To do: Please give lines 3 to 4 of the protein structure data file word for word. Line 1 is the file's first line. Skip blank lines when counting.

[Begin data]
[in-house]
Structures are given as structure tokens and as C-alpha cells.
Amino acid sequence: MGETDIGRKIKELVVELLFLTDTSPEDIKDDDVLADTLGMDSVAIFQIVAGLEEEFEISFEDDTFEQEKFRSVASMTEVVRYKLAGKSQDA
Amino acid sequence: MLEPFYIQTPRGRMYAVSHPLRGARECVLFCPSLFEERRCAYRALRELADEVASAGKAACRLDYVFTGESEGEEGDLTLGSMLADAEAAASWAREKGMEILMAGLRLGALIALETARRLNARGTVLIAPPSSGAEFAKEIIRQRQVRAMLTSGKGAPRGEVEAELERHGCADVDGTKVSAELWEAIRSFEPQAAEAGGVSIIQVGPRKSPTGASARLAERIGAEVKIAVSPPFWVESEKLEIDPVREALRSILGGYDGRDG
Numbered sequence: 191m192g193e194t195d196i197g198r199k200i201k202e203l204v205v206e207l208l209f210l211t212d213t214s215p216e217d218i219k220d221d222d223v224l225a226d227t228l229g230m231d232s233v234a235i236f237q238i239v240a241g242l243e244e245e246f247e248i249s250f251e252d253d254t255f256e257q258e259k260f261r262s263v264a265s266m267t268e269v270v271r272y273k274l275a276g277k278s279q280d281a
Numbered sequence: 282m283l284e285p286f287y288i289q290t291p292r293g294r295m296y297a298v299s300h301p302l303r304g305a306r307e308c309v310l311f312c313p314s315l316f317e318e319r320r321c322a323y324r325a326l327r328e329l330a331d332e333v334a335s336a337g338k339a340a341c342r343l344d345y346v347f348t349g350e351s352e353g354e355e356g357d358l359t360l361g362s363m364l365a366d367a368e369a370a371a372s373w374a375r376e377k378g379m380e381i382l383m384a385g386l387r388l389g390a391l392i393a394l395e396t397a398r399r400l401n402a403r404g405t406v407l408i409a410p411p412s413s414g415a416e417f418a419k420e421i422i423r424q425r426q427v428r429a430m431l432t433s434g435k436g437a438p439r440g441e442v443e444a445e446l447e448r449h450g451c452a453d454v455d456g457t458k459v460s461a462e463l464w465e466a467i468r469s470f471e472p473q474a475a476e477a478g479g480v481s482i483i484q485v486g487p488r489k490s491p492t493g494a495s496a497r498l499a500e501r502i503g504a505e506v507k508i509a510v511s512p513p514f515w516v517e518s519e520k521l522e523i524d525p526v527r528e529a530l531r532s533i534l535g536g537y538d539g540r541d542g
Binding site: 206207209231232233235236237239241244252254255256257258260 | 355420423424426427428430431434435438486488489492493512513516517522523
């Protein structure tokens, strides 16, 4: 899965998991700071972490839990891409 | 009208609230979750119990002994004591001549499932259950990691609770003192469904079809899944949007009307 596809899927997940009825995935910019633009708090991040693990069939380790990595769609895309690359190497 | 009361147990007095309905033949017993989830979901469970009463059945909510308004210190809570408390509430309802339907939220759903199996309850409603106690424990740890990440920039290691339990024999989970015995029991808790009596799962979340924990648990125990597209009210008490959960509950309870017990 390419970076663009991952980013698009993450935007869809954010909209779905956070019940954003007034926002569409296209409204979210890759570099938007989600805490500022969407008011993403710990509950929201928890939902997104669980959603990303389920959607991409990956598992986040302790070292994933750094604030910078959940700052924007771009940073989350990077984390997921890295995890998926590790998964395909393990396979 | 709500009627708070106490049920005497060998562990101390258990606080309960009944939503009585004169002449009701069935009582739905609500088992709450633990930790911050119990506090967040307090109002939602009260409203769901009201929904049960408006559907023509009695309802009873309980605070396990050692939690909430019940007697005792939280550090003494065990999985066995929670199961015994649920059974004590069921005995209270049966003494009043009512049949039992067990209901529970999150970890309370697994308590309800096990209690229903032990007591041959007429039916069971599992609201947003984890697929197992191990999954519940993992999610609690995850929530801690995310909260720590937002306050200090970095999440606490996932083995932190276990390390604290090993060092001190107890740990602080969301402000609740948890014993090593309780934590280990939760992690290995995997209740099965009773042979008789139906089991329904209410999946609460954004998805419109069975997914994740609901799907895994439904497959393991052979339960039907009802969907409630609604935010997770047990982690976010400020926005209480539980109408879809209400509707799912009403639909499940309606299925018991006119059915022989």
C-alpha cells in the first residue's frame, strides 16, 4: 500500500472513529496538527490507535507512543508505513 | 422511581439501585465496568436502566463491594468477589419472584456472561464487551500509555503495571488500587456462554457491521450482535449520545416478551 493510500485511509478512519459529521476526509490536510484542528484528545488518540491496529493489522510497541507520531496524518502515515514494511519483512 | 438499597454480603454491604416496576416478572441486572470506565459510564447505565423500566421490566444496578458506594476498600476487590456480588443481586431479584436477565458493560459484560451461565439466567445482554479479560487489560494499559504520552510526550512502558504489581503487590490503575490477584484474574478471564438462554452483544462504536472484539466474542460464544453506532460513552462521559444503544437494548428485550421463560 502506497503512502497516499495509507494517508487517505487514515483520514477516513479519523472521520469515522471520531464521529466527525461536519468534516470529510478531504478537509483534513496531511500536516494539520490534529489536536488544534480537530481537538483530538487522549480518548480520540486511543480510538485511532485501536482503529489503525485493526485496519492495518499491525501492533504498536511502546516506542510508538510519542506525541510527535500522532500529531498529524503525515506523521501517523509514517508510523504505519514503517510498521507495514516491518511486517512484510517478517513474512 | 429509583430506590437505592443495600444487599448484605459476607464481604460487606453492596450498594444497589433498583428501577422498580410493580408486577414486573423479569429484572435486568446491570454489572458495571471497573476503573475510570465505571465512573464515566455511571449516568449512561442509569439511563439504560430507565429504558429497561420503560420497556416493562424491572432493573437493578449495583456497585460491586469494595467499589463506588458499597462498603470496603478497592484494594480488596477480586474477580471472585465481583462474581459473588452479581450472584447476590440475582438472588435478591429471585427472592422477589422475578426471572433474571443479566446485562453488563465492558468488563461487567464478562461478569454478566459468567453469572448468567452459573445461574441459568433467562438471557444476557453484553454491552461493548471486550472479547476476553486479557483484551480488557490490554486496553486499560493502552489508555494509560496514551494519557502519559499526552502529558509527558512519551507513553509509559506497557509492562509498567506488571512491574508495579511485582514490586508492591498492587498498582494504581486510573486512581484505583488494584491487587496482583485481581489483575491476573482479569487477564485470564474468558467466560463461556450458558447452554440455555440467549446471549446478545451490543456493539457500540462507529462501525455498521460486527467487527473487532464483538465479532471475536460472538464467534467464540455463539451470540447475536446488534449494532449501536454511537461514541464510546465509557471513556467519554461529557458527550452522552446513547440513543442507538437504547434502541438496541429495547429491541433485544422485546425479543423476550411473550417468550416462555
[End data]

Amino acid sequence: MGETDIGRKIKELVVELLFLTDTSPEDIKDDDVLADTLGMDSVAIFQIVAGLEEEFEISFEDDTFEQEKFRSVASMTEVVRYKLAGKSQDA
Amino acid sequence: MLEPFYIQTPRGRMYAVSHPLRGARECVLFCPSLFEERRCAYRALRELADEVASAGKAACRLDYVFTGESEGEEGDLTLGSMLADAEAAASWAREKGMEILMAGLRLGALIALETARRLNARGTVLIAPPSSGAEFAKEIIRQRQVRAMLTSGKGAPRGEVEAELERHGCADVDGTKVSAELWEAIRSFEPQAAEAGGVSIIQVGPRKSPTGASARLAERIGAEVKIAVSPPFWVESEKLEIDPVREALRSILGGYDGRDG